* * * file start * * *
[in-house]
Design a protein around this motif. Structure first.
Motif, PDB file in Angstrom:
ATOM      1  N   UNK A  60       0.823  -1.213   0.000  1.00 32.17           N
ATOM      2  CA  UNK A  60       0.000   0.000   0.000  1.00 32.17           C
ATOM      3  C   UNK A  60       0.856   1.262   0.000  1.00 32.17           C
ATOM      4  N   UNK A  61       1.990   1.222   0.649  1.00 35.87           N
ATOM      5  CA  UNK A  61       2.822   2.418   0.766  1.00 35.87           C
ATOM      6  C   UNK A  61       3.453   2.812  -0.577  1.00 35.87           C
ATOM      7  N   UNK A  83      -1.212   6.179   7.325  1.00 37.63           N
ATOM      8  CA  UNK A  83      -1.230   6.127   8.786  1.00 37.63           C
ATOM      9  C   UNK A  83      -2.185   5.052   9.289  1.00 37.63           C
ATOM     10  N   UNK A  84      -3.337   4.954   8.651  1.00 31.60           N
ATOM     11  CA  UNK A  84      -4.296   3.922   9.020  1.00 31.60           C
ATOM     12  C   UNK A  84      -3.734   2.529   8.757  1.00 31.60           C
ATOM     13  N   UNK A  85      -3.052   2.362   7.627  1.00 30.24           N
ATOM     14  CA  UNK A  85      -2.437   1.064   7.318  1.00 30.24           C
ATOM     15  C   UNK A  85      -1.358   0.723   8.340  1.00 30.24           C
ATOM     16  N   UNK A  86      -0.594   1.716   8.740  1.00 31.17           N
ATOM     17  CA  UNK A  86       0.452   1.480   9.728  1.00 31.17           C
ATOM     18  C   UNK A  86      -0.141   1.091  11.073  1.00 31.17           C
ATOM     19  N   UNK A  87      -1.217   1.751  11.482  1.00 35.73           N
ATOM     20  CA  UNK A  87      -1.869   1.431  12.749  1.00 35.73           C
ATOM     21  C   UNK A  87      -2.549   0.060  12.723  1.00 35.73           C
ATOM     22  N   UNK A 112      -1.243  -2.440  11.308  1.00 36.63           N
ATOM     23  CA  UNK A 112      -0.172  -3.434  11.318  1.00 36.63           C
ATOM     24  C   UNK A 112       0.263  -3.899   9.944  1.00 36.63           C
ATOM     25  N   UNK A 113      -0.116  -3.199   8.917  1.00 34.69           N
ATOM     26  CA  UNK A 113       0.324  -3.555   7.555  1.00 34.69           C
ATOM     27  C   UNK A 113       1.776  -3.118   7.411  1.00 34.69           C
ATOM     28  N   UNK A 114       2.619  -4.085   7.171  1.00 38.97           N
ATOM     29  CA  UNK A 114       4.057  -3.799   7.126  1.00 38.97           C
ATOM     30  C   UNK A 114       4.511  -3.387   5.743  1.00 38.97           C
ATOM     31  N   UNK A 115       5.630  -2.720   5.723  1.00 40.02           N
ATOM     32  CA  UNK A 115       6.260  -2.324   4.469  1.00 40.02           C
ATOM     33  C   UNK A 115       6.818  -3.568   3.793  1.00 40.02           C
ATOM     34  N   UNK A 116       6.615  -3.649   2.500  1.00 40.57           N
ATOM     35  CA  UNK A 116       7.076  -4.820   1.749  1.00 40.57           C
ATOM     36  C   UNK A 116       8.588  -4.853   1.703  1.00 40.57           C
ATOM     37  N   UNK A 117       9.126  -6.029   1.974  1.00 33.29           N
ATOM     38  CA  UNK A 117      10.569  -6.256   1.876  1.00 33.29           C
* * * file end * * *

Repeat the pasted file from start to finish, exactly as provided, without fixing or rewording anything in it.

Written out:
[in-house]
Design a protein around this motif. Structure first.
Motif, PDB file in Angstrom:
ATOM      1  N   UNK A  60       0.823  -1.213   0.000  1.00 32.17           N
ATOM      2  CA  UNK A  60       0.000   0.000   0.000  1.00 32.17           C
ATOM      3  C   UNK A  60       0.856   1.262   0.000  1.00 32.17           C
ATOM      4  N   UNK A  61       1.990   1.222   0.649  1.00 35.87           N
ATOM      5  CA  UNK A  61       2.822   2.418   0.766  1.00 35.87           C
ATOM      6  C   UNK A  61       3.453   2.812  -0.577  1.00 35.87           C
ATOM      7  N   UNK A  83      -1.212   6.179   7.325  1.00 37.63           N
ATOM      8  CA  UNK A  83      -1.230   6.127   8.786  1.00 37.63           C
ATOM      9  C   UNK A  83      -2.185   5.052   9.289  1.00 37.63           C
ATOM     10  N   UNK A  84      -3.337   4.954   8.651  1.00 31.60           N
ATOM     11  CA  UNK A  84      -4.296   3.922   9.020  1.00 31.60           C
ATOM     12  C   UNK A  84      -3.734   2.529   8.757  1.00 31.60           C
ATOM     13  N   UNK A  85      -3.052   2.362   7.627  1.00 30.24           N
ATOM     14  CA  UNK A  85      -2.437   1.064   7.318  1.00 30.24           C
ATOM     15  C   UNK A  85      -1.358   0.723   8.340  1.00 30.24           C
ATOM     16  N   UNK A  86      -0.594   1.716   8.740  1.00 31.17           N
ATOM     17  CA  UNK A  86       0.452   1.480   9.728  1.00 31.17           C
ATOM     18  C   UNK A  86      -0.141   1.091  11.073  1.00 31.17           C
ATOM     19  N   UNK A  87      -1.217   1.751  11.482  1.00 35.73           N
ATOM     20  CA  UNK A  87      -1.869   1.431  12.749  1.00 35.73           C
ATOM     21  C   UNK A  87      -2.549   0.060  12.723  1.00 35.73           C
ATOM     22  N   UNK A 112      -1.243  -2.440  11.308  1.00 36.63           N
ATOM     23  CA  UNK A 112      -0.172  -3.434  11.318  1.00 36.63           C
ATOM     24  C   UNK A 112       0.263  -3.899   9.944  1.00 36.63           C
ATOM     25  N   UNK A 113      -0.116  -3.199   8.917  1.00 34.69           N
ATOM     26  CA  UNK A 113       0.324  -3.555   7.555  1.00 34.69           C
ATOM     27  C   UNK A 113       1.776  -3.118   7.411  1.00 34.69           C
ATOM     28  N   UNK A 114       2.619  -4.085   7.171  1.00 38.97           N
ATOM     29  CA  UNK A 114       4.057  -3.799   7.126  1.00 38.97           C
ATOM     30  C   UNK A 114       4.511  -3.387   5.743  1.00 38.97           C
ATOM     31  N   UNK A 115       5.630  -2.720   5.723  1.00 40.02           N
ATOM     32  CA  UNK A 115       6.260  -2.324   4.469  1.00 40.02           C
ATOM     33  C   UNK A 115       6.818  -3.568   3.793  1.00 40.02           C
ATOM     34  N   UNK A 116       6.615  -3.649   2.500  1.00 40.57           N
ATOM     35  CA  UNK A 116       7.076  -4.820   1.749  1.00 40.57           C
ATOM     36  C   UNK A 116       8.588  -4.853   1.703  1.00 40.57           C
ATOM     37  N   UNK A 117       9.126  -6.029   1.974  1.00 33.29           N
ATOM     38  CA  UNK A 117      10.569  -6.256   1.876  1.00 33.29           C